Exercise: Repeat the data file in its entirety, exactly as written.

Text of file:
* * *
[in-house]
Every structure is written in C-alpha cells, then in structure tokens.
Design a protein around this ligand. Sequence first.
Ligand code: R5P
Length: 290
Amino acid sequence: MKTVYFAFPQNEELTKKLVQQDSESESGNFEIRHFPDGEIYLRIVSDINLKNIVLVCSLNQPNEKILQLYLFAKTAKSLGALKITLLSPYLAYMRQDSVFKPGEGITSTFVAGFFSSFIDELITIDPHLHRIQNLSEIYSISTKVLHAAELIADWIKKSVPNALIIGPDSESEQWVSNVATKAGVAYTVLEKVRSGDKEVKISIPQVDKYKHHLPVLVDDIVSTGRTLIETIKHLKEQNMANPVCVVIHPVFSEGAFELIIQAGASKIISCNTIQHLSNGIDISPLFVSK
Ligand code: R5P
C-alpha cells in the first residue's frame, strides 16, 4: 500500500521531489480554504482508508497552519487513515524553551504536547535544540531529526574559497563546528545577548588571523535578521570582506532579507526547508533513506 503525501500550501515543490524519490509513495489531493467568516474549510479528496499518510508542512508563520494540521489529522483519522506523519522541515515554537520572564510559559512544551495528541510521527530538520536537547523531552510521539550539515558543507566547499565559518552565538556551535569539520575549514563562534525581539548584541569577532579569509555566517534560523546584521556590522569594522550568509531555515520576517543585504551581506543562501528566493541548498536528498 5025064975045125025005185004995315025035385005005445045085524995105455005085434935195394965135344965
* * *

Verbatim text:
[in-house]
Every structure is written in C-alpha cells, then in structure tokens.
Design a protein around this ligand. Sequence first.
Ligand code: R5P
Length: 290
Amino acid sequence: MKTVYFAFPQNEELTKKLVQQDSESESGNFEIRHFPDGEIYLRIVSDINLKNIVLVCSLNQPNEKILQLYLFAKTAKSLGALKITLLSPYLAYMRQDSVFKPGEGITSTFVAGFFSSFIDELITIDPHLHRIQNLSEIYSISTKVLHAAELIADWIKKSVPNALIIGPDSESEQWVSNVATKAGVAYTVLEKVRSGDKEVKISIPQVDKYKHHLPVLVDDIVSTGRTLIETIKHLKEQNMANPVCVVIHPVFSEGAFELIIQAGASKIISCNTIQHLSNGIDISPLFVSK
Ligand code: R5P
C-alpha cells in the first residue's frame, strides 16, 4: 500500500521531489480554504482508508497552519487513515524553551504536547535544540531529526574559497563546528545577548588571523535578521570582506532579507526547508533513506 503525501500550501515543490524519490509513495489531493467568516474549510479528496499518510508542512508563520494540521489529522483519522506523519522541515515554537520572564510559559512544551495528541510521527530538520536537547523531552510521539550539515558543507566547499565559518552565538556551535569539520575549514563562534525581539548584541569577532579569509555566517534560523546584521556590522569594522550568509531555515520576517543585504551581506543562501528566493541548498536528498 5025064975045125025005185004995315025035385005005445045085524995105455005085434935195394965135344965